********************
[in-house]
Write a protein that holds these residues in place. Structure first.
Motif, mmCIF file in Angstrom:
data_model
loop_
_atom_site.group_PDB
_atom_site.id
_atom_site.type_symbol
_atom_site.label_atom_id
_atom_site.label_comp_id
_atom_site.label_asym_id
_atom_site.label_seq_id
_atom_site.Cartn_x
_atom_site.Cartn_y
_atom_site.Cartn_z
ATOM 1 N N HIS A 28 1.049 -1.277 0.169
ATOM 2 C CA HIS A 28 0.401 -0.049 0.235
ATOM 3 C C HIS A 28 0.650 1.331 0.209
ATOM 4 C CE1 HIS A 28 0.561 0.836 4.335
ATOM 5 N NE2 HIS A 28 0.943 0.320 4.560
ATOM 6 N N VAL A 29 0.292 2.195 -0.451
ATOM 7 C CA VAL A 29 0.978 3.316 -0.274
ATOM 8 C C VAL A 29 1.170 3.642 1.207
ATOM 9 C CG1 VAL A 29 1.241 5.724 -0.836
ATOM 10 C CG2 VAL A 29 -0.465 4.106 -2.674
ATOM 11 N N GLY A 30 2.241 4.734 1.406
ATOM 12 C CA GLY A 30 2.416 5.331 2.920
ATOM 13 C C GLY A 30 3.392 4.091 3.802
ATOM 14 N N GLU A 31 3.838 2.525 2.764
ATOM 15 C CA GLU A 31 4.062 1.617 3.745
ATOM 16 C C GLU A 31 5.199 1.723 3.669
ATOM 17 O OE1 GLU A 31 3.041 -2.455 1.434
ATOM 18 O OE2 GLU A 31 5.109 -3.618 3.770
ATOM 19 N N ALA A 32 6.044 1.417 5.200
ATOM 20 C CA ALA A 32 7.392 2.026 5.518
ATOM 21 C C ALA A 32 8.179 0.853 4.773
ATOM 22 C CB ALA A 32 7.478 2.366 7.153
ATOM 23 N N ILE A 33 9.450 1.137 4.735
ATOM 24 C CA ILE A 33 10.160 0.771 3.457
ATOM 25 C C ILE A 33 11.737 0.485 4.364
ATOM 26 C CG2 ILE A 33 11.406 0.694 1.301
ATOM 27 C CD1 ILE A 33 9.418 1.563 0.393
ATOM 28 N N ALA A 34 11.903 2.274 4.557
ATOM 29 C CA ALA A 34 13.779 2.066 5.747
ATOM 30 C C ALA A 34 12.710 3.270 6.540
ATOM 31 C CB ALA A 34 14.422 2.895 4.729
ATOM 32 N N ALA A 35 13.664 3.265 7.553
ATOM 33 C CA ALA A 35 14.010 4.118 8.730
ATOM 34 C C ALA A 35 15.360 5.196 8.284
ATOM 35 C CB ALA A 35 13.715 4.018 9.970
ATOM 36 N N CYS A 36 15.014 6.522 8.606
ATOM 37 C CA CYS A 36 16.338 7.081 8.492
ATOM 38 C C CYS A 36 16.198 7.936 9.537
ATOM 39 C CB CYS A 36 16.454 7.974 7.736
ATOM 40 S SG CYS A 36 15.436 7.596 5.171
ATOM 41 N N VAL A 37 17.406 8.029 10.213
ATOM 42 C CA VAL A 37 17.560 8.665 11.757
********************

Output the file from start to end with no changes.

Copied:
[in-house]
Write a protein that holds these residues in place. Structure first.
Motif, mmCIF file in Angstrom:
data_model
loop_
_atom_site.group_PDB
_atom_site.id
_atom_site.type_symbol
_atom_site.label_atom_id
_atom_site.label_comp_id
_atom_site.label_asym_id
_atom_site.label_seq_id
_atom_site.Cartn_x
_atom_site.Cartn_y
_atom_site.Cartn_z
ATOM 1 N N HIS A 28 1.049 -1.277 0.169
ATOM 2 C CA HIS A 28 0.401 -0.049 0.235
ATOM 3 C C HIS A 28 0.650 1.331 0.209
ATOM 4 C CE1 HIS A 28 0.561 0.836 4.335
ATOM 5 N NE2 HIS A 28 0.943 0.320 4.560
ATOM 6 N N VAL A 29 0.292 2.195 -0.451
ATOM 7 C CA VAL A 29 0.978 3.316 -0.274
ATOM 8 C C VAL A 29 1.170 3.642 1.207
ATOM 9 C CG1 VAL A 29 1.241 5.724 -0.836
ATOM 10 C CG2 VAL A 29 -0.465 4.106 -2.674
ATOM 11 N N GLY A 30 2.241 4.734 1.406
ATOM 12 C CA GLY A 30 2.416 5.331 2.920
ATOM 13 C C GLY A 30 3.392 4.091 3.802
ATOM 14 N N GLU A 31 3.838 2.525 2.764
ATOM 15 C CA GLU A 31 4.062 1.617 3.745
ATOM 16 C C GLU A 31 5.199 1.723 3.669
ATOM 17 O OE1 GLU A 31 3.041 -2.455 1.434
ATOM 18 O OE2 GLU A 31 5.109 -3.618 3.770
ATOM 19 N N ALA A 32 6.044 1.417 5.200
ATOM 20 C CA ALA A 32 7.392 2.026 5.518
ATOM 21 C C ALA A 32 8.179 0.853 4.773
ATOM 22 C CB ALA A 32 7.478 2.366 7.153
ATOM 23 N N ILE A 33 9.450 1.137 4.735
ATOM 24 C CA ILE A 33 10.160 0.771 3.457
ATOM 25 C C ILE A 33 11.737 0.485 4.364
ATOM 26 C CG2 ILE A 33 11.406 0.694 1.301
ATOM 27 C CD1 ILE A 33 9.418 1.563 0.393
ATOM 28 N N ALA A 34 11.903 2.274 4.557
ATOM 29 C CA ALA A 34 13.779 2.066 5.747
ATOM 30 C C ALA A 34 12.710 3.270 6.540
ATOM 31 C CB ALA A 34 14.422 2.895 4.729
ATOM 32 N N ALA A 35 13.664 3.265 7.553
ATOM 33 C CA ALA A 35 14.010 4.118 8.730
ATOM 34 C C ALA A 35 15.360 5.196 8.284
ATOM 35 C CB ALA A 35 13.715 4.018 9.970
ATOM 36 N N CYS A 36 15.014 6.522 8.606
ATOM 37 C CA CYS A 36 16.338 7.081 8.492
ATOM 38 C C CYS A 36 16.198 7.936 9.537
ATOM 39 C CB CYS A 36 16.454 7.974 7.736
ATOM 40 S SG CYS A 36 15.436 7.596 5.171
ATOM 41 N N VAL A 37 17.406 8.029 10.213
ATOM 42 C CA VAL A 37 17.560 8.665 11.757